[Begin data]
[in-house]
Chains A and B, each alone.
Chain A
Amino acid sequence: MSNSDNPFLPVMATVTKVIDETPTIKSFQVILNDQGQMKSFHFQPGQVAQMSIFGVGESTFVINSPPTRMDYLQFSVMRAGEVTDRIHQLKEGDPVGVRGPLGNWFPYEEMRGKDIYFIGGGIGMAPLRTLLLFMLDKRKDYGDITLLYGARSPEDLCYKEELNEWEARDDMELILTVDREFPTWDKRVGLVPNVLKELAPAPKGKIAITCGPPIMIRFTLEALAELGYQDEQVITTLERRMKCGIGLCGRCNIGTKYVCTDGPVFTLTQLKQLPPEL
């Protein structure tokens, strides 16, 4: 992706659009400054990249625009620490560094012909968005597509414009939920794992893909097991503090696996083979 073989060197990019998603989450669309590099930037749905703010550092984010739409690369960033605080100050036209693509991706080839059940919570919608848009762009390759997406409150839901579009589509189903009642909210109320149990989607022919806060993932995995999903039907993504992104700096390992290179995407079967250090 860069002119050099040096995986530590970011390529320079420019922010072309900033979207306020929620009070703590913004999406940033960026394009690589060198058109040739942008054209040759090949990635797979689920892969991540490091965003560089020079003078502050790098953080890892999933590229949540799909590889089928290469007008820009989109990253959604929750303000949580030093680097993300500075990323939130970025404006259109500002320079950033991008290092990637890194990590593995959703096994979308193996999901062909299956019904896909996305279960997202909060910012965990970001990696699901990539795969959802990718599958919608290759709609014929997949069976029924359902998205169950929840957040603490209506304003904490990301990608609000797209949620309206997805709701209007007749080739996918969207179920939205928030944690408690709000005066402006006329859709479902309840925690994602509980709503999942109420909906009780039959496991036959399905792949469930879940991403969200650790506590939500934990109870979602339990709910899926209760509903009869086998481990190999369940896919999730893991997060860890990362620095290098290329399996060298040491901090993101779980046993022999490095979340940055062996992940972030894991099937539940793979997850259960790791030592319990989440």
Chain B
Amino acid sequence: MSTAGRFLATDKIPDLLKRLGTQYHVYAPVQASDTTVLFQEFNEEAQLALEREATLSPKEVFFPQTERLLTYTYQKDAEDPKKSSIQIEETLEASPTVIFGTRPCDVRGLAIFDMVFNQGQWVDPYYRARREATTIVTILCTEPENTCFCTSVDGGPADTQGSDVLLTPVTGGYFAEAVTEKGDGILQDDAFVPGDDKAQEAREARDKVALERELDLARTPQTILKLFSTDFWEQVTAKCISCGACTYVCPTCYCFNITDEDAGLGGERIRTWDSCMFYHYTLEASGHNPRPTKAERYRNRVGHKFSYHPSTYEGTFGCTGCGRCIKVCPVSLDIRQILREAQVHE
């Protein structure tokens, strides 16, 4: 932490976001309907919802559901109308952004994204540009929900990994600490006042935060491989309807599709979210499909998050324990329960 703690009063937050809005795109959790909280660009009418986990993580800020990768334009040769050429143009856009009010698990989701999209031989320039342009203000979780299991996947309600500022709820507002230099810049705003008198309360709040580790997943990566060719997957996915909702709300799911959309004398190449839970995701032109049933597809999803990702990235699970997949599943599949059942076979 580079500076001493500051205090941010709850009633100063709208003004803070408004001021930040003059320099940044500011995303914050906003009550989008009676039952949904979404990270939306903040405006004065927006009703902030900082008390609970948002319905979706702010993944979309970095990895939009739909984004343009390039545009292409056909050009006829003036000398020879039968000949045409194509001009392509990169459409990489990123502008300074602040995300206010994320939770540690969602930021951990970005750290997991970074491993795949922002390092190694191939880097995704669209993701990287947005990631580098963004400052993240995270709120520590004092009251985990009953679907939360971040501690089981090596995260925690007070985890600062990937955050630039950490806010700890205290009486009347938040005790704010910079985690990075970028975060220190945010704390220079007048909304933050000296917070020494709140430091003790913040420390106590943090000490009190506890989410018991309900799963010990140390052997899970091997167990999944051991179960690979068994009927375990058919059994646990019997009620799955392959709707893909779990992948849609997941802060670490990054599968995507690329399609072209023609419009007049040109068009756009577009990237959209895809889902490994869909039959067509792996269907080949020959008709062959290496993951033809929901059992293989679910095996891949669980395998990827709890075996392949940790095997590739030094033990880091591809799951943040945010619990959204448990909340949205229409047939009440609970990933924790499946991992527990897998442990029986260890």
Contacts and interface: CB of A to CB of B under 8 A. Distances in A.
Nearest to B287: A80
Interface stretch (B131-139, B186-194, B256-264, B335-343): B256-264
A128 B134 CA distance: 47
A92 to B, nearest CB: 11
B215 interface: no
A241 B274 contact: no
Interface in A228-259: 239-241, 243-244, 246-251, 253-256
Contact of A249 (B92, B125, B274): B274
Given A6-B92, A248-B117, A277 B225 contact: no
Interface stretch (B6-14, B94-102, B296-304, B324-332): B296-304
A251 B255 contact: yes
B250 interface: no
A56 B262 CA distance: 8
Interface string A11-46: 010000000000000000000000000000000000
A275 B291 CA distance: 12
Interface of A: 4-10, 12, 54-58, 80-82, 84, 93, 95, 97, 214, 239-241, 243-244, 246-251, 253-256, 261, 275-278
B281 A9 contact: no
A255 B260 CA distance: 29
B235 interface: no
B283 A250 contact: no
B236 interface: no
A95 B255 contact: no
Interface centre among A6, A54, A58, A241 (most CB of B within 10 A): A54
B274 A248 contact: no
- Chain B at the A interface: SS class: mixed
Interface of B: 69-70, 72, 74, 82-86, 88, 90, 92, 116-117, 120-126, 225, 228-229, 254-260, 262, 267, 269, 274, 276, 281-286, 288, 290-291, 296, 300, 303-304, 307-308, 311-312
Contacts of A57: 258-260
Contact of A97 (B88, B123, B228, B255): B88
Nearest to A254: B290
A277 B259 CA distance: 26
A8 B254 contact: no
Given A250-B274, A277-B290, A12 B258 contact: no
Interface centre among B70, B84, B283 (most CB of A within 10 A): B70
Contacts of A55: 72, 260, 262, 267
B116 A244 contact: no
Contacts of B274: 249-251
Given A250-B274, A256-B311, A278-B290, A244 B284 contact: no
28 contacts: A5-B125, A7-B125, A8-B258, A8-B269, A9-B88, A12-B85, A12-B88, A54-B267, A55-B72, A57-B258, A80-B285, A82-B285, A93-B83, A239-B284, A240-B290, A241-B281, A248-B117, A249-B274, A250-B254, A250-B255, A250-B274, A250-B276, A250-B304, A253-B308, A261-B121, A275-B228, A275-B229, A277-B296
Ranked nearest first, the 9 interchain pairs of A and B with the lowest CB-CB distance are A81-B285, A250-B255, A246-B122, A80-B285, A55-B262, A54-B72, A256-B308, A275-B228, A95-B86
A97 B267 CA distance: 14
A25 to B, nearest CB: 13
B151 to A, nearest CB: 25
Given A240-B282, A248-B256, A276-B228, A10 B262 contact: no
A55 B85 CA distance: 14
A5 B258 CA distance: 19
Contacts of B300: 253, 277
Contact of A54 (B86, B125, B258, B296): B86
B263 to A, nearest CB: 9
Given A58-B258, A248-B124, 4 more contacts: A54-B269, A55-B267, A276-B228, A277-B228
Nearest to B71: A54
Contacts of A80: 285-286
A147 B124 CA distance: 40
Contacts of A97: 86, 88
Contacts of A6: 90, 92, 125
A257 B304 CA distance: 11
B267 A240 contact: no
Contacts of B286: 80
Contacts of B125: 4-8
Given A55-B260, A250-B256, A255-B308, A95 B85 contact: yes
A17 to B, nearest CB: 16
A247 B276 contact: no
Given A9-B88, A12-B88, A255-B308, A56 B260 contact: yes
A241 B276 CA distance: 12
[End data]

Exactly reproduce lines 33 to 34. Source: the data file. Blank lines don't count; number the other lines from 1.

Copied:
B274 A248 contact: no
- Chain B at the A interface: SS class: mixed